COVID-19 Vaccines for the Underserved


3, Apr 2021. 07:31am

As of this writing, almost 130 million COVID-19 vaccine doses have been administered nationwide, according to the CDC. However, the communities that need them most are still having trouble getting the shot. 

If you want to make sure your employees get the vaccine, here’s where to sign up.

Seniors and poor communities of color, including non-English speakers, are most at risk of contracting and dying from the virus. But a number of technology-driven challenges—which existed well before the pandemic struck—are keeping them from getting the life-saving vaccine. Appointments nationwide are largely done online, but 41% of individuals over the age of 65, 39% of Hispanic, and 34% of Black households lack broadband, according to the Pew Research Center. Even if these groups do have internet, abysmal user experiences and short booking windows in online portals have left some seniors in tears and ready to throw their computers out the window

“The most vulnerable people are left behind, even more so than if we hadn’t used more of a technology-oriented solution,” Ethan Basch, physician-in-chief at the North Carolina Cancer Hospital, told The Verge.

Many thousands of volunteers—from children to teachers—are working to help seniors and other members of their communities navigate the frustrating vaccine appointment process. However, there’s still work to be done. The CDC reports that while 70% of white people have been vaccinated, and just over 50% of people over 65 have been, less than 8% of Black, Hispanic, and Asian individuals have gotten their doses.

These shots can mean the difference between life and death. And just like community volunteers, brands can lend their time and resources in a number of ways to help these technologically-disadvantaged groups get the life-saving shots. 

Do the research and spread the word

  • Vaccine sites across healthcare centers, pop-up sites, grocery stores, and many other locations appear and disappear almost daily. And each one has its own registration process and information requirements, often with little or no upfront transparency on what information will be needed. Brands could enlist a group of internal and external volunteers to aggregate a list of local vaccination sites, and then document the booking process, requirements, average shots-administered-per-day, and contact information for each one.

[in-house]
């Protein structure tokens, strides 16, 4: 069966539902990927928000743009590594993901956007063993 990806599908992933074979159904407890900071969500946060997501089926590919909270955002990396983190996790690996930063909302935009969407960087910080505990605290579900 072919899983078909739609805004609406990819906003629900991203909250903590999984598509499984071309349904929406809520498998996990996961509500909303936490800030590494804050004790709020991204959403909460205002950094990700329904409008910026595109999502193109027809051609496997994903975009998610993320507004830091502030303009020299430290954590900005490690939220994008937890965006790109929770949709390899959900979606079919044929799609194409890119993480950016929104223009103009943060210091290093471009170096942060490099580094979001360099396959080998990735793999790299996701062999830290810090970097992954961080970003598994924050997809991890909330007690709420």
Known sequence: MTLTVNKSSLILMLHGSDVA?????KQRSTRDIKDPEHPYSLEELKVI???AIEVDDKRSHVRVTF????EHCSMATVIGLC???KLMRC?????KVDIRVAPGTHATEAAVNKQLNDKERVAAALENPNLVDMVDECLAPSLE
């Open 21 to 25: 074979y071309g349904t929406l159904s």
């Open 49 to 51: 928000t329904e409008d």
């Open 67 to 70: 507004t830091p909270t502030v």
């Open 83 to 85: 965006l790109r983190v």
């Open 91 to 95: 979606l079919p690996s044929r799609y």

• From there, brands can spread their knowledge to seniors and communities of color offline. They can print bilingual or trilingual flyers and share them across the region, going door to door if necessary. They can also work with community leaders to encourage them to share the flyers.

Host registration events

  • Brands can work with volunteers and local leaders to organize events for vaccine information and registration. During these events, volunteers can work to book appointments online, over the phone, or in-person for residents. 
  • Brands can also organize free travel to and from registration events or vaccination sites for patients who don’t have cars or can’t take trains and buses. 

Partner up

  • Organizations can reach out directly to vaccination sites and offer whatever resources are at their disposal to make the process more seamless whether digitally, by telephone, or in person. Brands might offer the technical expertise of volunteers on their staff or in their customer base to assist in streamlining the application process with design, engineering, or administrative assistance. Brands can also partner with other organizations outside the healthcare space to pool their resources and employ any of the tactics listed above, or develop new ones.  

With these tactics, brands can do their part to get seniors and people of color vaccinated for COVID-19. While helping to save lives is the ultimate goal, brands will get the added benefit of building strong relationships with members of the community, which will improve their overall brand awareness and image.